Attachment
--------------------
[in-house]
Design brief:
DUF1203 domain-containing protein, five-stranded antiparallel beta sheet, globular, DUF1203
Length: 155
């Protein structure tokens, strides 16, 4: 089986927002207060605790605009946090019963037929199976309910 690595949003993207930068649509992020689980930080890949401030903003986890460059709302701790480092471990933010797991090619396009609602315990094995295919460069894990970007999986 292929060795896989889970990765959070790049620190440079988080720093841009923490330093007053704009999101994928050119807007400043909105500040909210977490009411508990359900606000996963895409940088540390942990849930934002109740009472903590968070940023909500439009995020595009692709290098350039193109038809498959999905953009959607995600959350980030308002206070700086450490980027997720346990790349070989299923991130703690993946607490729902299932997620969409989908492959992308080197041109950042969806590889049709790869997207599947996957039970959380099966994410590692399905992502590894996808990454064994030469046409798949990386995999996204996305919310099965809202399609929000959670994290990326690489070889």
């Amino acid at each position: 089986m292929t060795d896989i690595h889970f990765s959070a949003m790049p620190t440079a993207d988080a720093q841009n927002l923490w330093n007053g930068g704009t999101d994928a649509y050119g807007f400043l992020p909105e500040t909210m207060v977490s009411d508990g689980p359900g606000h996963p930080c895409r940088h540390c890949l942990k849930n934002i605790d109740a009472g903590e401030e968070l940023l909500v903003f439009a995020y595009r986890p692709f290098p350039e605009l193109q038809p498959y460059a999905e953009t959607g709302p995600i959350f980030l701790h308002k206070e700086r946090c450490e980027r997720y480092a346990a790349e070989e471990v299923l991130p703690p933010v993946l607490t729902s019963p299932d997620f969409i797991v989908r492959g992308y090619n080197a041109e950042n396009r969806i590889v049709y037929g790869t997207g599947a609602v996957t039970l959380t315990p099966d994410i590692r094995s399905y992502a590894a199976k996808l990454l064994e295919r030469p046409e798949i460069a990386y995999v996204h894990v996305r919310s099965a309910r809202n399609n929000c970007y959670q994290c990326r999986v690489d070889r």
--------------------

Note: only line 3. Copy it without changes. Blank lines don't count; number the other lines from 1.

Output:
DUF1203 domain-containing protein, five-stranded antiparallel beta sheet, globular, DUF1203